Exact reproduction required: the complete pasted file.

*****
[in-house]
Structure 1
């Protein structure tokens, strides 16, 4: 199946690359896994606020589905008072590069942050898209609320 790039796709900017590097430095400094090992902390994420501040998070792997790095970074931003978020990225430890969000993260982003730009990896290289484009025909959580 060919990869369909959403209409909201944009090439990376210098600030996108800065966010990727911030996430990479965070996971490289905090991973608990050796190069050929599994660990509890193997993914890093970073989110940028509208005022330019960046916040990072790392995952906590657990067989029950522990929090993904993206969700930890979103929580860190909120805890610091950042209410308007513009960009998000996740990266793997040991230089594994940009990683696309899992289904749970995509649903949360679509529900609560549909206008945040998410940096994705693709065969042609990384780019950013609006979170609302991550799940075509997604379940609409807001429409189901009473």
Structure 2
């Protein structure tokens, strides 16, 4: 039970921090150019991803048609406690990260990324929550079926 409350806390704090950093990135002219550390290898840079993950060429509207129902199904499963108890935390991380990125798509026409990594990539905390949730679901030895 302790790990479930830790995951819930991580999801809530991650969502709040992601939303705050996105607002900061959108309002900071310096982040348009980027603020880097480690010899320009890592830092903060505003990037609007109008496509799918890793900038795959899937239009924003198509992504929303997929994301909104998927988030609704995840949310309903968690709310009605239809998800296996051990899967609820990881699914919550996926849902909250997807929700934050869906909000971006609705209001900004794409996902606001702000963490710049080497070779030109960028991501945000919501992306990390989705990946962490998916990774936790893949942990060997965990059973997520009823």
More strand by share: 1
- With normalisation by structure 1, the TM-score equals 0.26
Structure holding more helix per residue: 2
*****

[in-house]
Structure 1
């Protein structure tokens, strides 16, 4: 199946690359896994606020589905008072590069942050898209609320 790039796709900017590097430095400094090992902390994420501040998070792997790095970074931003978020990225430890969000993260982003730009990896290289484009025909959580 060919990869369909959403209409909201944009090439990376210098600030996108800065966010990727911030996430990479965070996971490289905090991973608990050796190069050929599994660990509890193997993914890093970073989110940028509208005022330019960046916040990072790392995952906590657990067989029950522990929090993904993206969700930890979103929580860190909120805890610091950042209410308007513009960009998000996740990266793997040991230089594994940009990683696309899992289904749970995509649903949360679509529900609560549909206008945040998410940096994705693709065969042609990384780019950013609006979170609302991550799940075509997604379940609409807001429409189901009473």
Structure 2
């Protein structure tokens, strides 16, 4: 039970921090150019991803048609406690990260990324929550079926 409350806390704090950093990135002219550390290898840079993950060429509207129902199904499963108890935390991380990125798509026409990594990539905390949730679901030895 302790790990479930830790995951819930991580999801809530991650969502709040992601939303705050996105607002900061959108309002900071310096982040348009980027603020880097480690010899320009890592830092903060505003990037609007109008496509799918890793900038795959899937239009924003198509992504929303997929994301909104998927988030609704995840949310309903968690709310009605239809998800296996051990899967609820990881699914919550996926849902909250997807929700934050869906909000971006609705209001900004794409996902606001702000963490710049080497070779030109960028991501945000919501992306990390989705990946962490998916990774936790893949942990060997965990059973997520009823």
More strand by share: 1
- With normalisation by structure 1, the TM-score equals 0.26
Structure holding more helix per residue: 2